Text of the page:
There are two different types of upper eyelid visual problems due to obstruction:
1. A large hood of excess droopy SKIN that actually blocks part
of your peripheral vision; and
2. The other is true
ptosis (low hanging eyelid) of the lid which is due instead to a weak or detached muscle
Regardless, both must be documented by a visual field test from your
ophthalmologist. Even in the best case, Medicare may NOT covered the surgery. The problem is that Medicare won't tell us until after the surgery is over. At that point, they may write us a letter and say, "you know what, that wasn't truly necessary and we won't pay you." For this reason, most eyelid surgeons now have you pay them first, and place the burden on trying to collect from Medicare on you, after the surgery. Hope this makes sense, because it certainly doesn't to any of us.....
Medicare does not provide preauthorization or a letter of agreement to pay even with evidence of upper lid ptosis. Therefore the surgeon may do the procedure and then not be reimbursed. It is a difficult situation for surgeons to be in thus many prefer not to take the risk. Not to mention the low reimbursement if it is covered.
When the upper eyelids can be documented to interfere sufficiently with vision, the answer is yes.
Unfortuately, Medicare is at war with surgeons who offer this service to patients who need medically necessary eyelid surgery. More and more surgeons are fed up with the low reimbursement and the hassle involved with providing this service. Increasingly they are simply advising their patients that their issues are not covered.
Does Medicare pay for Eyelid Surgery?
Yes but only upper lids if you have visual field defect. Only after a eye doc does visual field exam than you can consider trying for Medicare reimbursement. But most of the PSs will not accept because it is so low, in the few hundred $ range..
Medicare and eyelid surgery
It will ppay for the upper lids in some case but not the lower lids.You have to have visual fields studies done before your surgery and they have to show significant visual field loss before they will pay.
Does Medicare pay for Eyelid Surgery?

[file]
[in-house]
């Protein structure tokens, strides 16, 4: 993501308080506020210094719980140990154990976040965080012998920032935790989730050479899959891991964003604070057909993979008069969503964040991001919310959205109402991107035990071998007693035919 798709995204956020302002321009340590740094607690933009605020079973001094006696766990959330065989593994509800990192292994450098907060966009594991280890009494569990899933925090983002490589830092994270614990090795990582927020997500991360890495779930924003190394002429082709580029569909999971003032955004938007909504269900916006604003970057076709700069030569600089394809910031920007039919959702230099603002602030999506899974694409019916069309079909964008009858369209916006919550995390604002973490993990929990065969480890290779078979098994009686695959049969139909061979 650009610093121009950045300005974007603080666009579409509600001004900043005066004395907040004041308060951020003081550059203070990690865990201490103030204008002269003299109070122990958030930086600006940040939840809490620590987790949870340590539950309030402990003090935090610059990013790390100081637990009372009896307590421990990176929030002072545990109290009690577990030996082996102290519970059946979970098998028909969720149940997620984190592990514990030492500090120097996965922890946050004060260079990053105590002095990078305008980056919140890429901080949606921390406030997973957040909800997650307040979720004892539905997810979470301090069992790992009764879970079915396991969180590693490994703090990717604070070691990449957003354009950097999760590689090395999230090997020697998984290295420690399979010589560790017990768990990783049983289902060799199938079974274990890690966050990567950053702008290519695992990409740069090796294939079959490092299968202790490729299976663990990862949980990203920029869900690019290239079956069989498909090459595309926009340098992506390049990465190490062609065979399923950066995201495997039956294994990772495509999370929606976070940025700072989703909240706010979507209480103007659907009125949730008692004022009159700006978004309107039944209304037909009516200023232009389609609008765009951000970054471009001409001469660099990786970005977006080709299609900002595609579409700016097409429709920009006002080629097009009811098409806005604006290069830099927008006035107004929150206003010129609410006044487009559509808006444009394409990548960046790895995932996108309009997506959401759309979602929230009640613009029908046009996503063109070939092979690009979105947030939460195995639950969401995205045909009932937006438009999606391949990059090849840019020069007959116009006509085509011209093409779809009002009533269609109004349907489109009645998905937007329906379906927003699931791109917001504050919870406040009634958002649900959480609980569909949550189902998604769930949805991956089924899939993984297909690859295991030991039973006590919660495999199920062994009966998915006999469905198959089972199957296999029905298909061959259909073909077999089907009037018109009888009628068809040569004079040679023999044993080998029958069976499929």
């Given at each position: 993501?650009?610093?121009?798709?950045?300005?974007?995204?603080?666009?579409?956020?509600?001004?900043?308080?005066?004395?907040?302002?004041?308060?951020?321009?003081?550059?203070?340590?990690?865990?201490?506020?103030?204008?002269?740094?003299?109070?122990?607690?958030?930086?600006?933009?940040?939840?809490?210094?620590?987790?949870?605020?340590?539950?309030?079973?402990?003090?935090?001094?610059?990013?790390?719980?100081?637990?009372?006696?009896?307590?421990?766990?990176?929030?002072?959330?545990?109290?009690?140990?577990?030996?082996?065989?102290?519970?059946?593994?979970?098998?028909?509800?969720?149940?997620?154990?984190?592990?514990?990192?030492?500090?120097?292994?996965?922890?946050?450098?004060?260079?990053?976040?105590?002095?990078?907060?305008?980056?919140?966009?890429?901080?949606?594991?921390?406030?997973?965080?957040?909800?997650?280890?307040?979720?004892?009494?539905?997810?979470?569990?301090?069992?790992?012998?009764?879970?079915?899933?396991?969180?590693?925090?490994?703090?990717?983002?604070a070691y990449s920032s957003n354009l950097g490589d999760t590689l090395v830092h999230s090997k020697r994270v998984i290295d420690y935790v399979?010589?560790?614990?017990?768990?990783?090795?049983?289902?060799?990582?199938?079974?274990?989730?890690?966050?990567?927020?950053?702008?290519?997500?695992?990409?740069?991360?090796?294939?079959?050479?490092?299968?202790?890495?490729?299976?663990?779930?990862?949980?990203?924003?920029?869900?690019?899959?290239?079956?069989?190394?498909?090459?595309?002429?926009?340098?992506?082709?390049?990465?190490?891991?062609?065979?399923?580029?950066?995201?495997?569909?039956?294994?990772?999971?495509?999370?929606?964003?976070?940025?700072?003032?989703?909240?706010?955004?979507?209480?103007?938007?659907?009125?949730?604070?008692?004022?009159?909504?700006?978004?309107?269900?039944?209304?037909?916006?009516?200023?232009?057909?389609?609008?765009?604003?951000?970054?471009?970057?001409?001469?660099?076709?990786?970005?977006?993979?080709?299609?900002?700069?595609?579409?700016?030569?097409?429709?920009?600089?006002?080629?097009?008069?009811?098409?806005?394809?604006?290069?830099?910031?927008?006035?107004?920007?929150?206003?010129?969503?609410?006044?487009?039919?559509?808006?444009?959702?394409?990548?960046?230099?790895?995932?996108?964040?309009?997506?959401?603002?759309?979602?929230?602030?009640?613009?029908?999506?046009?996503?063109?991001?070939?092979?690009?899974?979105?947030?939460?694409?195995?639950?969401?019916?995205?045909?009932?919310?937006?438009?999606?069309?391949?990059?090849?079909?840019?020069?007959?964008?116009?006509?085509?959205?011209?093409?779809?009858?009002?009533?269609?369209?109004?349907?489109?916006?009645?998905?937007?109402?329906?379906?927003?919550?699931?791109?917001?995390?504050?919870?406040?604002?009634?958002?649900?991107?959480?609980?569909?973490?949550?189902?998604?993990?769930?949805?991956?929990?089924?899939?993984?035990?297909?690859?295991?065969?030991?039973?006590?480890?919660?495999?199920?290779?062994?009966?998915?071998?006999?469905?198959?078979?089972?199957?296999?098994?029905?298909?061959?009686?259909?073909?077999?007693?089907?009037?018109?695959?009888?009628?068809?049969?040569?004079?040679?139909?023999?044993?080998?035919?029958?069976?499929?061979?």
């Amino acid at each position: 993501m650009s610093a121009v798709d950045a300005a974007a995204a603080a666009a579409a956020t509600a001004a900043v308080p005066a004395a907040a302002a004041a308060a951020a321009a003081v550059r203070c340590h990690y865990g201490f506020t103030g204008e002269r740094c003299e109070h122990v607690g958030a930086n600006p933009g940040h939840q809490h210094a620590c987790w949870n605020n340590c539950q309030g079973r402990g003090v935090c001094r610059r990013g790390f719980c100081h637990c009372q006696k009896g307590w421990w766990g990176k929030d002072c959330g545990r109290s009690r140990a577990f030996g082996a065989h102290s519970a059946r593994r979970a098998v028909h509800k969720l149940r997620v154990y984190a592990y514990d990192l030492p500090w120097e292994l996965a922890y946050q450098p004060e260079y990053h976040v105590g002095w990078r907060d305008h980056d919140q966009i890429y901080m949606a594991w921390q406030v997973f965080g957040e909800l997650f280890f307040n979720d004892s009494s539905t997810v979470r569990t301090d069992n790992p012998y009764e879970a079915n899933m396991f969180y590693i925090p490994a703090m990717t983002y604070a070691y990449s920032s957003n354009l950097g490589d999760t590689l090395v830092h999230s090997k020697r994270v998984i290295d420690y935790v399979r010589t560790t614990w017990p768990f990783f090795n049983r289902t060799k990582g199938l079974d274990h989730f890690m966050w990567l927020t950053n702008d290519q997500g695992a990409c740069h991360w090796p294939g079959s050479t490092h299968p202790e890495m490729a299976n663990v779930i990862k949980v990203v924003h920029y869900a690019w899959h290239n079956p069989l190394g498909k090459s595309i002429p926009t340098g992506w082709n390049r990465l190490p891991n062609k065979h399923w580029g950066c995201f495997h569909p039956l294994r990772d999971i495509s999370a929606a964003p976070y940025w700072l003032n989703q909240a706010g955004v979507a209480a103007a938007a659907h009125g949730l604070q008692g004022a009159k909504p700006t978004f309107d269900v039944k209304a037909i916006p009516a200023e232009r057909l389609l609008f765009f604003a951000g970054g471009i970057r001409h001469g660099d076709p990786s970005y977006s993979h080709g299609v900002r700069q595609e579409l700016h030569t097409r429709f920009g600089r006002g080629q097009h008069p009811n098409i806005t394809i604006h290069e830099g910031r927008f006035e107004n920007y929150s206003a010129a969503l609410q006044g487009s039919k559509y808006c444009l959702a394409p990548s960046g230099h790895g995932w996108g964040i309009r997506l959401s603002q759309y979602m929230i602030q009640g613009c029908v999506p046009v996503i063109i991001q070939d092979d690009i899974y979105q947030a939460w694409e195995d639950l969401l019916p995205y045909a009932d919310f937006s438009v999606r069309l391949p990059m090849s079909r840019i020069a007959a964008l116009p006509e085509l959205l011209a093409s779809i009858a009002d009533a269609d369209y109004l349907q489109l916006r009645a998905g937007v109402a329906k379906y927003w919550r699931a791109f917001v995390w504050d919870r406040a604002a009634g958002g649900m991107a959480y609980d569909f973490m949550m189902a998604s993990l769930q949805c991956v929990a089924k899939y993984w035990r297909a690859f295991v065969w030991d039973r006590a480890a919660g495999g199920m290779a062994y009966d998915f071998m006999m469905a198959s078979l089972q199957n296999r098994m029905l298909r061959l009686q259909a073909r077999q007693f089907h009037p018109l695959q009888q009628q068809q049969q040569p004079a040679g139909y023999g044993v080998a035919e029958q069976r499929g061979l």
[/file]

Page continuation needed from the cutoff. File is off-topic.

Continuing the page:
Its purely a gamble that most surgeons are not willing to take. All sorts of documnetaion is needed including peripheral visual fileds. Good luck
Does Medicare Pay for Upper Eyelid Surgery?
The answer is yes if there is significant visual field impairment which is documented by visual field testing. However, there is an assumption by many Medicare age patients that Medicare will pay for upper eyelid Blepharoplasty for any patient who wishes to have it. This assumption is incorrect, and has lead CMS to carefully scrutinize utilization of this procedure. In addition, the reimbursement by CMS is very low for a procedure that has tremendous aesthetic consequences. Fewer and fewer Facial Plastic Surgeons are accepting functional eyelid patients because the risk to reward ratio is inappropriate for the procedure.
Eyelid surgery and insurance
If you have a large hood of excess droopy skin that actually blocks part of your visiin and this is documented by a visual field rest by your ophthalmologist it can likely be covered by insurance.If you have true ptosis of the lid which is due instead to a weak or detached muscle this also often is covered but a different type of procedure that your surgeon can explain
Does Medicare pay for eyelid surgery?
In order for an insurance company to pay for upper eyelid surgery, medical necessity must be documented. This involves pictures, visual field obstruction tests, and chart notes. A large and significant portion of the visual fields muust be obstructed from excess skin cutting across the eyelashes and creating visual loss. Preauthorization is also performed for medical insurance prior to the surgery
Medicare reimbursement for eyelid surgery
If you have a ptosis or excess upper eyelid skin that is falling over your lashes your insurance may cover for the surgical repair. You have to do a visual field to document that you have superior field loss from the low eyelids. Photos will also be taken. Many insurance companies will require pre-authorization which they will base on the fields and photos. With medicare, you doctor will decide if you meet the criteria for coverage. Medicare and all the insurances continue to decrease the reimbursement for surgery, so many doctors will no longer accept the insurance for payment.